Trip to Sikkim from Delhi – South & West Sikkim

by Sagarneel Sengupta

The plan to revisit Sikkim was on since the time I returned from there, 5 years ago. The plan of a Delhi to Sikkim road trip, however, missed seeing the light of the day owing to a host of different reasons. In between my intermittent visits to other places (which by default means the Himalayas), I had always let my mind travel to the beautiful state.

There was no second option this time around though. Sikkim was my top and only priority, and maybe due to the restless yearn, I had started planning much before in advance, to keep the ‘feel-good’ hormone release sustained and steady for a long time.

To me, like many others, planning has always been an integral and a very interesting part of my trips. Planning a trip to Sikkim, that too after such a long hibernation, was indeed very special.

Trip to Sikkim from Delhi

The team was nuclear –me and my wife. We initially were set to travel to North Sikkim and Dzongu, two of the most scenic areas of Sikkim. Destiny seemed to have other plans though. Barely a month before our scheduled date of departure, disaster struck.

A 6.9 magnitude earthquake rocked Sikkim. To make matters worse Mangan, a place that connects both Dzongu and North Sikkim was the epicenter of the devastating quake. It took a lot of lives, left many homeless, and gave a serious blow to the plans of many like me who were planning our trip.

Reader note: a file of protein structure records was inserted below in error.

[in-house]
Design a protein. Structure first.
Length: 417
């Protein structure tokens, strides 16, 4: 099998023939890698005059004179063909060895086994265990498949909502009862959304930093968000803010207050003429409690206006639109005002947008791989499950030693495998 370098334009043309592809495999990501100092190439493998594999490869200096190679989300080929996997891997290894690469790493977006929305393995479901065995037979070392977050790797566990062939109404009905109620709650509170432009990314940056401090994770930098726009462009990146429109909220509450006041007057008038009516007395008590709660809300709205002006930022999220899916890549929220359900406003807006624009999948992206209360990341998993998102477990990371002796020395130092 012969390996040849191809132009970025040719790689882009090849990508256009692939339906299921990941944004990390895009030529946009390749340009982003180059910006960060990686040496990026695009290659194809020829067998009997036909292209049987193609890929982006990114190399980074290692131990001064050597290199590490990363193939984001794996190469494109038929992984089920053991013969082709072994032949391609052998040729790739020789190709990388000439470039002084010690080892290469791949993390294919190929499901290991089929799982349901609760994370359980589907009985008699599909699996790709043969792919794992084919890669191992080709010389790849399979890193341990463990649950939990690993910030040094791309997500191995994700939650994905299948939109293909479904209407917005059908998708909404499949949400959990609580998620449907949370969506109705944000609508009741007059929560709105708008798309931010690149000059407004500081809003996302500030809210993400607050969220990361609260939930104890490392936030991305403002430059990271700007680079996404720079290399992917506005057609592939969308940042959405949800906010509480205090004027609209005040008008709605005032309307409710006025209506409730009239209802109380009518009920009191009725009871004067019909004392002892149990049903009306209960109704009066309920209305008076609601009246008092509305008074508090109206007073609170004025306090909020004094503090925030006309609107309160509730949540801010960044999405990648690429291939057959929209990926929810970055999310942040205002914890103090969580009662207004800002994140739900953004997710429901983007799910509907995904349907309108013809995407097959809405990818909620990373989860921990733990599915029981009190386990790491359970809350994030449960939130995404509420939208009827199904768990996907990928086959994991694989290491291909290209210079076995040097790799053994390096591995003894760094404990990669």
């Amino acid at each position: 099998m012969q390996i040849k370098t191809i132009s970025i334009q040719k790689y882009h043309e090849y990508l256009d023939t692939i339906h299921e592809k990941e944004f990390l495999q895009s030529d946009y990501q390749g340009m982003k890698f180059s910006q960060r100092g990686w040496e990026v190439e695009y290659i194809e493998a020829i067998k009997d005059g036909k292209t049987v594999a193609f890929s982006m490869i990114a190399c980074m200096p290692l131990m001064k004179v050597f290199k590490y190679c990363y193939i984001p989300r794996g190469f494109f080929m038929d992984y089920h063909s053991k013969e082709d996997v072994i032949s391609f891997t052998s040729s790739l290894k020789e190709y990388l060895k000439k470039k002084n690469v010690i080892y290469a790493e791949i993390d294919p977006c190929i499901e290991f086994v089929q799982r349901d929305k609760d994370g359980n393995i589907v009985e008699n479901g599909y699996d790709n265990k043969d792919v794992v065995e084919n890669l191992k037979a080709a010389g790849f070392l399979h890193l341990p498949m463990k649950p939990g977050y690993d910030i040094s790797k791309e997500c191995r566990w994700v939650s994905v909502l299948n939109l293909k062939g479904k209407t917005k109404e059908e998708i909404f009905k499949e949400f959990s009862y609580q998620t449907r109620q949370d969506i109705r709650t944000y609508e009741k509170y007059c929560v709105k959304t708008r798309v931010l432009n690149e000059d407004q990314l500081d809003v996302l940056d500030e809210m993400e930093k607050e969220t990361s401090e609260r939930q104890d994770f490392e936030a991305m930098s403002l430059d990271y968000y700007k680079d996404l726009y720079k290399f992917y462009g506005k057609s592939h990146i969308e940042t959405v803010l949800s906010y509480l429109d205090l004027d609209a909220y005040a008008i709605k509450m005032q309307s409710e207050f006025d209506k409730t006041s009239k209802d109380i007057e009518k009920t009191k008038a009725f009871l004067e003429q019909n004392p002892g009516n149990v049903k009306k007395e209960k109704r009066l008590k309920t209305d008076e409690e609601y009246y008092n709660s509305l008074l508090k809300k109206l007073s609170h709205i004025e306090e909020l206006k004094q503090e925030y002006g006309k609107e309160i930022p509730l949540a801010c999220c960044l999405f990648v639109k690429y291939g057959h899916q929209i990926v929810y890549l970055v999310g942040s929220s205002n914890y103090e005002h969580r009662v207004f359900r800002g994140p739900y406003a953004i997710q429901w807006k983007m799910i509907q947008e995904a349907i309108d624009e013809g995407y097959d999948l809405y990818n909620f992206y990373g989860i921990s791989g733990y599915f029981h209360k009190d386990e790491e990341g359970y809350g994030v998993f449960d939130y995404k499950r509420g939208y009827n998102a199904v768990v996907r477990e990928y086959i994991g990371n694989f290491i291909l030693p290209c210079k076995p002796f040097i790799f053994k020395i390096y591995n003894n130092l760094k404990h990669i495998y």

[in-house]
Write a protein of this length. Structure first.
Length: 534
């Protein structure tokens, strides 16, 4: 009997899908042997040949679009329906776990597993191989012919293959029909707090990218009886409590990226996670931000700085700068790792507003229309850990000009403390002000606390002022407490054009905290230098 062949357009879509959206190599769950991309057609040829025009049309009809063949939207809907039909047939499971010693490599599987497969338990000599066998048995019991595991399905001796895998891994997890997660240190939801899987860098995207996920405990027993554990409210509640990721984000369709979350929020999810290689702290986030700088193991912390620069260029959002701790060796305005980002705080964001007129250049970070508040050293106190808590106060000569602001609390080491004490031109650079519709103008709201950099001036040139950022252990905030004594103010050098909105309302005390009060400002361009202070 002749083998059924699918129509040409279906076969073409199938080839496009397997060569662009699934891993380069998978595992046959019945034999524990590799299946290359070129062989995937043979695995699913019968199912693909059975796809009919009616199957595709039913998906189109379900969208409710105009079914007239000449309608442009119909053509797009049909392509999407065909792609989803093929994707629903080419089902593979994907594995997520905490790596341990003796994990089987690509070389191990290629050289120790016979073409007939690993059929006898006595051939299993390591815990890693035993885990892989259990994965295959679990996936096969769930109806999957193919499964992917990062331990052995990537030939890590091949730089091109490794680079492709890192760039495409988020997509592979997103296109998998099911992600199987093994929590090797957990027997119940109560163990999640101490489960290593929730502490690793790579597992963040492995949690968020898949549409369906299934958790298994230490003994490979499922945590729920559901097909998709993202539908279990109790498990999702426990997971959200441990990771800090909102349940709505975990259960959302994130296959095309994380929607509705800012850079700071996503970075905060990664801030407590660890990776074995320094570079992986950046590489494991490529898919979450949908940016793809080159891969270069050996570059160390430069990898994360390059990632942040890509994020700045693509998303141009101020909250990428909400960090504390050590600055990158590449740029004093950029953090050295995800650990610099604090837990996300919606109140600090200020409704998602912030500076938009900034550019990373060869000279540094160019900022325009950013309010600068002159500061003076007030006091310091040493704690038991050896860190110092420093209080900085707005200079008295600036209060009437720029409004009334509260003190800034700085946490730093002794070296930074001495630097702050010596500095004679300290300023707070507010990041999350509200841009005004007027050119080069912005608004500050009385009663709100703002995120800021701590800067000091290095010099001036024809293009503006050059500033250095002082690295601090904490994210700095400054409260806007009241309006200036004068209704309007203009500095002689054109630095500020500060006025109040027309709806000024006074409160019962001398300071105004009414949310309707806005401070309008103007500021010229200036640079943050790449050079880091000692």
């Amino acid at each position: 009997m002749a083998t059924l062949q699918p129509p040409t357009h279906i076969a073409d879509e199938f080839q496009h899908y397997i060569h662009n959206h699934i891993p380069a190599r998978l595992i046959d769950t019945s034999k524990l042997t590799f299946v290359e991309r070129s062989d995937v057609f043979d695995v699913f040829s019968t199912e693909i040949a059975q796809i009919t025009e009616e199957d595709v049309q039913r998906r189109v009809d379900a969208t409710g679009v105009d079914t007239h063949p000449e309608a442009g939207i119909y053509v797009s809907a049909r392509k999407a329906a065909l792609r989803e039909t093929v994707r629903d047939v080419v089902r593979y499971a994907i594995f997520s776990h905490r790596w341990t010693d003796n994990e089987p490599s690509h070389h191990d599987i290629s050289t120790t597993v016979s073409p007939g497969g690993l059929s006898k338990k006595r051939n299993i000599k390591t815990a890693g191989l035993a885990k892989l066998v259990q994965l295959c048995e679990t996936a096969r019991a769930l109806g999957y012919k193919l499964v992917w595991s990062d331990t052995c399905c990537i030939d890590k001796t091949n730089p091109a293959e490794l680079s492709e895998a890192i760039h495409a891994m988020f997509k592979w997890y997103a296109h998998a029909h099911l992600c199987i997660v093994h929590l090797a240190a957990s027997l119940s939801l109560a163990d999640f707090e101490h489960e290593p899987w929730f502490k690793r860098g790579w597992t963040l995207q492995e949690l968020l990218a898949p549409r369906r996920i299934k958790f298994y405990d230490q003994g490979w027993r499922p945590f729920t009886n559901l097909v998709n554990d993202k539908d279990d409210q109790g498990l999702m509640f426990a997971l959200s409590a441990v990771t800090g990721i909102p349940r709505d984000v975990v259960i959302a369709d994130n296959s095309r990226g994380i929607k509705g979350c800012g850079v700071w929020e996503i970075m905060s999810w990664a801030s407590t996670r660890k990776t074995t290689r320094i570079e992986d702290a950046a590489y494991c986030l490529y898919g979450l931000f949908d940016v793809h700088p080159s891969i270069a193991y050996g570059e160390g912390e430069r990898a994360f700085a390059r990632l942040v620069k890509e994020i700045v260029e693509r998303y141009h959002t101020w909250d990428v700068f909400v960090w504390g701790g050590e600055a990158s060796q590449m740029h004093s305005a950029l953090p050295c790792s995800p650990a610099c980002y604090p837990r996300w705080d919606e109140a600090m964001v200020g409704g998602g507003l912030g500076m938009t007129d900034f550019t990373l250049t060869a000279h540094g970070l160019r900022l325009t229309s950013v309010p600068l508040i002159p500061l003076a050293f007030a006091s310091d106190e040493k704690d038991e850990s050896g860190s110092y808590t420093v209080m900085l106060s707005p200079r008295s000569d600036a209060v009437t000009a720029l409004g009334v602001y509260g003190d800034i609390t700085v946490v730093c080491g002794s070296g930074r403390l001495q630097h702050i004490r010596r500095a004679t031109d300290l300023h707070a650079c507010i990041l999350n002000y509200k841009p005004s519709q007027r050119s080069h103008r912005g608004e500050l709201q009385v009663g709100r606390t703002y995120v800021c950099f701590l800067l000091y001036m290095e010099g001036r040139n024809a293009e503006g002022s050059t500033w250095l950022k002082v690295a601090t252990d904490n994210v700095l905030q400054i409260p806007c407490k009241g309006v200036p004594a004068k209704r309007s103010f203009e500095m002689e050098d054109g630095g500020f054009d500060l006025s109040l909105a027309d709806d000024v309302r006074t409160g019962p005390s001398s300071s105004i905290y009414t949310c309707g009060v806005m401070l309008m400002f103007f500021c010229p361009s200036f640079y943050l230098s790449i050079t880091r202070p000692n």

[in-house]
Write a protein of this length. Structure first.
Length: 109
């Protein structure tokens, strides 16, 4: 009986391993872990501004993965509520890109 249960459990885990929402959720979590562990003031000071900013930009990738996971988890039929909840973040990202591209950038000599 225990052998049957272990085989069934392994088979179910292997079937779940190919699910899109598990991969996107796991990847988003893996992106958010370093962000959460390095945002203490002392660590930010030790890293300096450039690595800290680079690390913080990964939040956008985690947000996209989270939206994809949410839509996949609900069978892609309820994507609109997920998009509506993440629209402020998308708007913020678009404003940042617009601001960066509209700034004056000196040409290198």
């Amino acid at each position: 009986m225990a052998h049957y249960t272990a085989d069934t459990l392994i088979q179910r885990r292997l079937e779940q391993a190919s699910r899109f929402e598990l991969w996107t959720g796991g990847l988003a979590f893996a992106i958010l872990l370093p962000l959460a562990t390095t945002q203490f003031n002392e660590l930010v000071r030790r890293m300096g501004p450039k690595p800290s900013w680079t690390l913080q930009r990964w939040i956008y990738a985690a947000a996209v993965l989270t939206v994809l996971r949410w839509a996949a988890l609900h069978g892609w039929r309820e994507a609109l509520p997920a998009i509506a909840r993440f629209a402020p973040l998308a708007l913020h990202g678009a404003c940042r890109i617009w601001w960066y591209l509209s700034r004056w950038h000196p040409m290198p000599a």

A fortnight passed in apprehensions, re-planning, and even thoughts of canceling the trip altogether. However, being bitten by the bug strongly enough, the mind suddenly seemed to clear up and streaks of positive rays started tickling the grey matter.

We decided to head towards South and West Sikkim, the two areas which were least affected by the quake. So, the bags were packed, all other arrangements were made and we finally set for our trip on a pleasant Autumn afternoon – 15th October.

Day 0 and 1: Delhi to New Jalpaiguri

We had our journey tickets in Dibrugarh Rajdhani, which leaves New Delhi at 2 p.m. The fact that we got an auto-rickshaw right at the moment we reached the stand ensured the old proverb ‘Morning shows the day’ held true. Our trip to Sikkim from Delhi had started right on time.

The train left right on time and it was a usual Rajdhani ride, food, and more food. The journey itself was uneventful; other than me living up to the reputation of being a modern Kumbhakarna, and dedicating my life to only 2 worldly activities – sleeping and eating.